It is the longest snake in the UK, reaching lengths of well over a meter when fully grown. Grass snakes have a coloration that is typically grayish-green. They are easily identifiable by the yellow and black collar that is wrapped around the back of the neck as well as the black bars that run down the sides of the body. Grass snakes are the only species of snake in Britain that are known to deposit eggs. During the months of June and July, females will generally deposit their eggs in decomposing plant matter (including garden compost piles), which serves as an incubator. During the later summer months, the eggs develop into juvenile replicas of the adults that laid them.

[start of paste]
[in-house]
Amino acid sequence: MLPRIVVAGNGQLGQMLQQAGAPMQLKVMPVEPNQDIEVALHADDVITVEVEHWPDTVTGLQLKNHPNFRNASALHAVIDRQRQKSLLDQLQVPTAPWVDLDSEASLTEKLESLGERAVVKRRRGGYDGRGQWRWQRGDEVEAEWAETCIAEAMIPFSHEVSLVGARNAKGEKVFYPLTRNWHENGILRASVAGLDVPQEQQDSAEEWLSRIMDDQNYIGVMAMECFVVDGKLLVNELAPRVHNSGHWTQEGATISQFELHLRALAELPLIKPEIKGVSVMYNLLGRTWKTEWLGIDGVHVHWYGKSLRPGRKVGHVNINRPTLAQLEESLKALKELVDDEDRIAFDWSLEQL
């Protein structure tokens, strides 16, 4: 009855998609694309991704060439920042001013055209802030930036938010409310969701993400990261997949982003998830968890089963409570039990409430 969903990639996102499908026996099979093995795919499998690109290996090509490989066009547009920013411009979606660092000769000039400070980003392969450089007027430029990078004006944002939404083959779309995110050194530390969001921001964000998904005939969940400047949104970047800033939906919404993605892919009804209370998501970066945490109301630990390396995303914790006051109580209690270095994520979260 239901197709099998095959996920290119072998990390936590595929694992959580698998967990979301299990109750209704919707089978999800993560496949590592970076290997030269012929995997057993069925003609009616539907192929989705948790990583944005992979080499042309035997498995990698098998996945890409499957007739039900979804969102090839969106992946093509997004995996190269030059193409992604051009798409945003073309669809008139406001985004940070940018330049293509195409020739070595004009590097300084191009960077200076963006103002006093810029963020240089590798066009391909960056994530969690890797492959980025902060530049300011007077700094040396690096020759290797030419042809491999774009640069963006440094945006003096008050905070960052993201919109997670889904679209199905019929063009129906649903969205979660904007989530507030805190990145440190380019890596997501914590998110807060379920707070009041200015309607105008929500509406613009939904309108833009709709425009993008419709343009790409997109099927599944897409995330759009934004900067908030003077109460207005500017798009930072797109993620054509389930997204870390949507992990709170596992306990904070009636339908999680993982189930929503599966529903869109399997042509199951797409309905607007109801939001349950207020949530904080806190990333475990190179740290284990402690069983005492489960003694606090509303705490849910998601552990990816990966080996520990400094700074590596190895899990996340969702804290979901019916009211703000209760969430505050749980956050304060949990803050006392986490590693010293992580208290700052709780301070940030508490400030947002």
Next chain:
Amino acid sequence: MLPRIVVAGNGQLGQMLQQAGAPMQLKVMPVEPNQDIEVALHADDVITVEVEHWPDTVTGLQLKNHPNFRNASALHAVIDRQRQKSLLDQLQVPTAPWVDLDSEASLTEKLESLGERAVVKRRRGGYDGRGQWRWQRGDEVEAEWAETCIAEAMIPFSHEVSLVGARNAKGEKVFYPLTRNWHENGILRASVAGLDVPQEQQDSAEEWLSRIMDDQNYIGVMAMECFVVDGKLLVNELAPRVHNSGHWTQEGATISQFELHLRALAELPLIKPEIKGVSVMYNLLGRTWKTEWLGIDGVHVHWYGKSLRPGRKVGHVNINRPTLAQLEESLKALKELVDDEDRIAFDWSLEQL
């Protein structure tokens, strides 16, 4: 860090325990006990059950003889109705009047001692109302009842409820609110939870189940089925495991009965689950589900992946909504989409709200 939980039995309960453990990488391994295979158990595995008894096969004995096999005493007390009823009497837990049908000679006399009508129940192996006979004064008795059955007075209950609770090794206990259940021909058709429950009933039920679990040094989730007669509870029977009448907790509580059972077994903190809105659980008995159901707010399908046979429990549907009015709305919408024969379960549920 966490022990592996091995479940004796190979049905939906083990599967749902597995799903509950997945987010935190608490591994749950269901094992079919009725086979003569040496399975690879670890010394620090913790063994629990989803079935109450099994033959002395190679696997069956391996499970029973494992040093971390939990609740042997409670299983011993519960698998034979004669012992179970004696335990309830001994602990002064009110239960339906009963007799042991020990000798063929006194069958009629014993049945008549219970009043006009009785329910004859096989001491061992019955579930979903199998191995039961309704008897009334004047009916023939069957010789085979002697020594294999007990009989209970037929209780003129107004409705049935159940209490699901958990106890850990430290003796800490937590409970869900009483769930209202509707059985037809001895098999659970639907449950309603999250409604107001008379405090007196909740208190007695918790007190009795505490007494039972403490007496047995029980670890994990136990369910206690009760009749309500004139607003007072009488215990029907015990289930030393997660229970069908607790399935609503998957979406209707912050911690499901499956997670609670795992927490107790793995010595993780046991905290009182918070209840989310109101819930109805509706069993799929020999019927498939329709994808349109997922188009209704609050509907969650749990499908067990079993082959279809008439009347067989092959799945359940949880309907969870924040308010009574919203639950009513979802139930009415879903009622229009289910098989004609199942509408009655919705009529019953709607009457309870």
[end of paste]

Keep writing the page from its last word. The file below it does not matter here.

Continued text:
Grass snakes are common in both England and Wales and can be found in both countries. Grass snakes, which rely on fish and amphibians for the majority of their diet, have been known to swim into garden ponds during the summer months. This behavior is most common in rural or semi-rural areas of the south. Grass snakes don't have poisonous fangs and are quite skittish; when they sense danger, they run away very rapidly. When trapped, they have the ability to fake their own deaths, and when handled too much, they excrete a putrid-smelling substance.